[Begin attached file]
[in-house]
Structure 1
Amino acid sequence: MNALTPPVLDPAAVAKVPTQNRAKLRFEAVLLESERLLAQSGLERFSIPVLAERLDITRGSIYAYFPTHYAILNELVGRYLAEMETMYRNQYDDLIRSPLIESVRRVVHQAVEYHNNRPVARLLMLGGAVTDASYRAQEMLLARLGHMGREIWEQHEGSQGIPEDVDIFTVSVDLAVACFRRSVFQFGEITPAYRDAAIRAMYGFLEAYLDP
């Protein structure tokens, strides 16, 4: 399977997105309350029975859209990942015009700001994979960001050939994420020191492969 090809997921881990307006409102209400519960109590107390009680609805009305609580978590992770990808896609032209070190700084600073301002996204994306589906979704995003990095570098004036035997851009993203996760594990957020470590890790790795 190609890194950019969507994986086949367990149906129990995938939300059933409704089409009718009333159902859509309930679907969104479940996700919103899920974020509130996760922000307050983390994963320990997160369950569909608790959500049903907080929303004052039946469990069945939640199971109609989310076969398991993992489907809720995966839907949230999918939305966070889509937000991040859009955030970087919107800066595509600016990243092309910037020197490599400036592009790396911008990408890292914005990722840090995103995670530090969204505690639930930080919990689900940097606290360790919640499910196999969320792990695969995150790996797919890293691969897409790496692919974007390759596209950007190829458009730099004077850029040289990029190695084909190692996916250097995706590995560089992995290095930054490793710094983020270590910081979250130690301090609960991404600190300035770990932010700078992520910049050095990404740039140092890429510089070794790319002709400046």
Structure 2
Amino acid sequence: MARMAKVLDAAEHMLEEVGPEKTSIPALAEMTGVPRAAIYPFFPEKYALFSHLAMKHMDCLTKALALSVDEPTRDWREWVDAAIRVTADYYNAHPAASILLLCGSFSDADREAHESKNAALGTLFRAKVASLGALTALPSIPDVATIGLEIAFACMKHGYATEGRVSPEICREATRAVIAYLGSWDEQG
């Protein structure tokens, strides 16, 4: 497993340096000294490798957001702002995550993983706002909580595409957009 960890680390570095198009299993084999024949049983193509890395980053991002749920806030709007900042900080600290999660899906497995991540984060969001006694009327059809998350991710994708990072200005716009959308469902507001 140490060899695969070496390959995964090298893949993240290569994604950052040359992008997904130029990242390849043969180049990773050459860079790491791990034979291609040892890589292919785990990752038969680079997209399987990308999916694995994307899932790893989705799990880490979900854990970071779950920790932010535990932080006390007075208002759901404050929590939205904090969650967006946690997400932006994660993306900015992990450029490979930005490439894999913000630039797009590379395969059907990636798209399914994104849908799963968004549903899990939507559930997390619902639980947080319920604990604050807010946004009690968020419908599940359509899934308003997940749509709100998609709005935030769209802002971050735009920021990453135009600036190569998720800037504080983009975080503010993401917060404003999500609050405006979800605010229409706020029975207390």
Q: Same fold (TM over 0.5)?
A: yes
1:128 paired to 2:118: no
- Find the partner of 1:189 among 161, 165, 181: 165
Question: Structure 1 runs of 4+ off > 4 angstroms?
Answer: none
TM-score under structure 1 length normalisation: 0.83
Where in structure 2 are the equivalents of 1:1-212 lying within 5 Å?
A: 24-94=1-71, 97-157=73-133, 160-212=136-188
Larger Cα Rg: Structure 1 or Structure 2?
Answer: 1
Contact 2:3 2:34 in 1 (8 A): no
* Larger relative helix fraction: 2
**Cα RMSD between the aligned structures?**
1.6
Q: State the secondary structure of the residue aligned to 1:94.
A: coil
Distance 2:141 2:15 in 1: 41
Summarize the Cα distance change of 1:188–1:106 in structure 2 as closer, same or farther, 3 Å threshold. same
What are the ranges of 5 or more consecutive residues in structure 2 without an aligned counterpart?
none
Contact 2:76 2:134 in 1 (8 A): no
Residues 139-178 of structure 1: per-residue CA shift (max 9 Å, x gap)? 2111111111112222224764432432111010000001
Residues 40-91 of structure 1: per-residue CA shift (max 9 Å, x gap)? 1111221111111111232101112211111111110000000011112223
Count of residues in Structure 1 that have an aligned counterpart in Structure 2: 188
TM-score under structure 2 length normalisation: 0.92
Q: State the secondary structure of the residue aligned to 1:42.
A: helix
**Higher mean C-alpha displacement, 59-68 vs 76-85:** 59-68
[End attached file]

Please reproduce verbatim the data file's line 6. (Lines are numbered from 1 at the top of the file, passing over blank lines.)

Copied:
Amino acid sequence: MARMAKVLDAAEHMLEEVGPEKTSIPALAEMTGVPRAAIYPFFPEKYALFSHLAMKHMDCLTKALALSVDEPTRDWREWVDAAIRVTADYYNAHPAASILLLCGSFSDADREAHESKNAALGTLFRAKVASLGALTALPSIPDVATIGLEIAFACMKHGYATEGRVSPEICREATRAVIAYLGSWDEQG